|Budget Amount *help
¥6,900,000 (Direct Cost : ¥6,900,000)
Fiscal Year 1996 : ¥4,000,000 (Direct Cost : ¥4,000,000)
Fiscal Year 1995 : ¥2,900,000 (Direct Cost : ¥2,900,000)
The aim of this project is to establish the thin-layr-cultured brain slice as a novel system for analysis of long-term synaptic plasticity.
In the research of the previous year, we developed a methodology for the long-term stable culture of rat hippocampal cortical slice. This year we determined appropriate stimulus conditions for triggering the synaptic plasticity in the slice culture specimen. In addition to regular stimuli through an electrode placed in the somatic layr of CA3 area, we applied a tetanic stimuli (100Hz 1sec), which produced a more-than-two-fold increase in population spike amplitude recorded from the somatic layr of CA1 area. This increase, lasting for more than 20 min, was accompanied by an increase of population EPSP slope and a shortening of spike latency. This is concluded as the equivant of long-term potentiation seen in fresh hippocampal slice preparation. Besides such typical response, however, we observed some phenomena peculiar to the sliceculure prepartion,
which include 1) negative EPSP waves recorded from the somatic layr ; 2) repetitive synaptic activity following a single stimulus. It should be necessary to suppress (or make use of) these anomalous synaptic behavior in the following researches.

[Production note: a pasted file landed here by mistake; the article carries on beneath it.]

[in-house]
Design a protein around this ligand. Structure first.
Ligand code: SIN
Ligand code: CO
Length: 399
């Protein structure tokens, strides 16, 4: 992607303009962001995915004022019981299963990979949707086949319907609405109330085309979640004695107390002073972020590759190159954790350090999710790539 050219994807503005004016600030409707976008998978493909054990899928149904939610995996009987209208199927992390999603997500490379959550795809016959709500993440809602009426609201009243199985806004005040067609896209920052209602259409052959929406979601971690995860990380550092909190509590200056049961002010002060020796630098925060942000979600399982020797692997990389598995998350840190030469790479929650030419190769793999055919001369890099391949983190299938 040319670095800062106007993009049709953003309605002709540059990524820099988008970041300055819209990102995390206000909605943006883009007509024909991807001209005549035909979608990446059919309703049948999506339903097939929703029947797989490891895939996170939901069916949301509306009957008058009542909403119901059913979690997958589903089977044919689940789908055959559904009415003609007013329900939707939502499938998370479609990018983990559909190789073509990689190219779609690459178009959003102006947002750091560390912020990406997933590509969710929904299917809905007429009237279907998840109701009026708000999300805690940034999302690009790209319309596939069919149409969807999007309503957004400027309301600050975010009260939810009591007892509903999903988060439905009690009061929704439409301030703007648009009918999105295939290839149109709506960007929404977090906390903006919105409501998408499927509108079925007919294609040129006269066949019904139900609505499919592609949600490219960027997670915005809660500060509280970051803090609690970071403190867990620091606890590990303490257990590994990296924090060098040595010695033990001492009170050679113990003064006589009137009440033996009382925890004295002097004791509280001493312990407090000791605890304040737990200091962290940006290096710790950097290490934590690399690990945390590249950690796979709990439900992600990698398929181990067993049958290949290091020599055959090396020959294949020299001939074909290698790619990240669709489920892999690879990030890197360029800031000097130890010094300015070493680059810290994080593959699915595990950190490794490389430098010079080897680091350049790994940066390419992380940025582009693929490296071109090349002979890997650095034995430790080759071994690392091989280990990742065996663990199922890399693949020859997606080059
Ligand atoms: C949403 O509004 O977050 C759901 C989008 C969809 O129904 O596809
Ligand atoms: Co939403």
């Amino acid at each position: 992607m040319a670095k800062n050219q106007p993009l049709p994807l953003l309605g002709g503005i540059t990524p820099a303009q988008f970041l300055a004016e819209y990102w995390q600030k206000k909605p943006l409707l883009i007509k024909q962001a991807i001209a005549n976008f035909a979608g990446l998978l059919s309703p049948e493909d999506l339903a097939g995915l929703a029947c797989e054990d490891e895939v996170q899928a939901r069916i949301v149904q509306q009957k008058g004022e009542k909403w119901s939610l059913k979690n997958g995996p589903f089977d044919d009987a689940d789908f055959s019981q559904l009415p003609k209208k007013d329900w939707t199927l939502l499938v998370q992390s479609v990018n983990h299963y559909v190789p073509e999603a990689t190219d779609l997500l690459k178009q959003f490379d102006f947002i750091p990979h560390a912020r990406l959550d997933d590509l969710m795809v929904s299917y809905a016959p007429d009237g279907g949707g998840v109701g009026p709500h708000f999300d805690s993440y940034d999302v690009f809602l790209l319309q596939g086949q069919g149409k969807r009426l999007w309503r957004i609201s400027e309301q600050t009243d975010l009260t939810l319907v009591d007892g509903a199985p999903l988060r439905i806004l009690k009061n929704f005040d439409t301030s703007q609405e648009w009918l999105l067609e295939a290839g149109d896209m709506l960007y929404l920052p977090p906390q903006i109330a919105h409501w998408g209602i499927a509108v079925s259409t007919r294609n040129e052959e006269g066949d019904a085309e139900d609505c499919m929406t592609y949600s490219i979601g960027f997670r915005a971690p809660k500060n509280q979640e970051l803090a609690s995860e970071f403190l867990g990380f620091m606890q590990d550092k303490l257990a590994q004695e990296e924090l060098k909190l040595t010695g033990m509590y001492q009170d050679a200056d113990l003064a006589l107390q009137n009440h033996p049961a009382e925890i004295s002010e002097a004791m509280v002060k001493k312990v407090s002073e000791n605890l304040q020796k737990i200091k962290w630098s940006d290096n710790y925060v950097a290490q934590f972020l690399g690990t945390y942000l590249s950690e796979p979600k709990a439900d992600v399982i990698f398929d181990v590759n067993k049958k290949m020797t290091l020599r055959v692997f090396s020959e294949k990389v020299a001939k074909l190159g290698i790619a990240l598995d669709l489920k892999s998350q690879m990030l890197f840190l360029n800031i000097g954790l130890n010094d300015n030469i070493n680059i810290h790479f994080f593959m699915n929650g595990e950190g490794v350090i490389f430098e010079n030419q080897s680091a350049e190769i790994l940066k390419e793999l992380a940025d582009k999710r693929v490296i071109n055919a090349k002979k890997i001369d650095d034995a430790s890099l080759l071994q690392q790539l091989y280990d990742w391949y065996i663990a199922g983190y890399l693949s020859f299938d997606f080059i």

For morphological examinations on the brain slice-culture specimens, we tried live staining of cultured neurons. To circumvent the toxicity of lipophilic dyes, we intended to introduce a cDNA of jellyfish green fluorescent protein (GFP) by the aid of adenovirus vector. Before that, as an exercise, we introduced a cDNA of amyloid precursor protein (APP), whose function is so far unclear. The cultred hippocampal neurons which received adenovirus (and thus expressing APP holoprotein) showed significantly higher responsiveness to applied glutamate, leaving the responsiveness to depolarization unaltered. The possibility is thus raised that the function of APP is the modulation of glutamate receptors.
In parallel with above researches, we intended to approach to the inactivity-caused atrophy of synapses using the same specimen. By the blockage of spontaneous synaptic activity with tetrododoxin, neurons showed lesser number of dendritic branching and spines, indicating that the mechanism of atrophy might be analyzed in this system.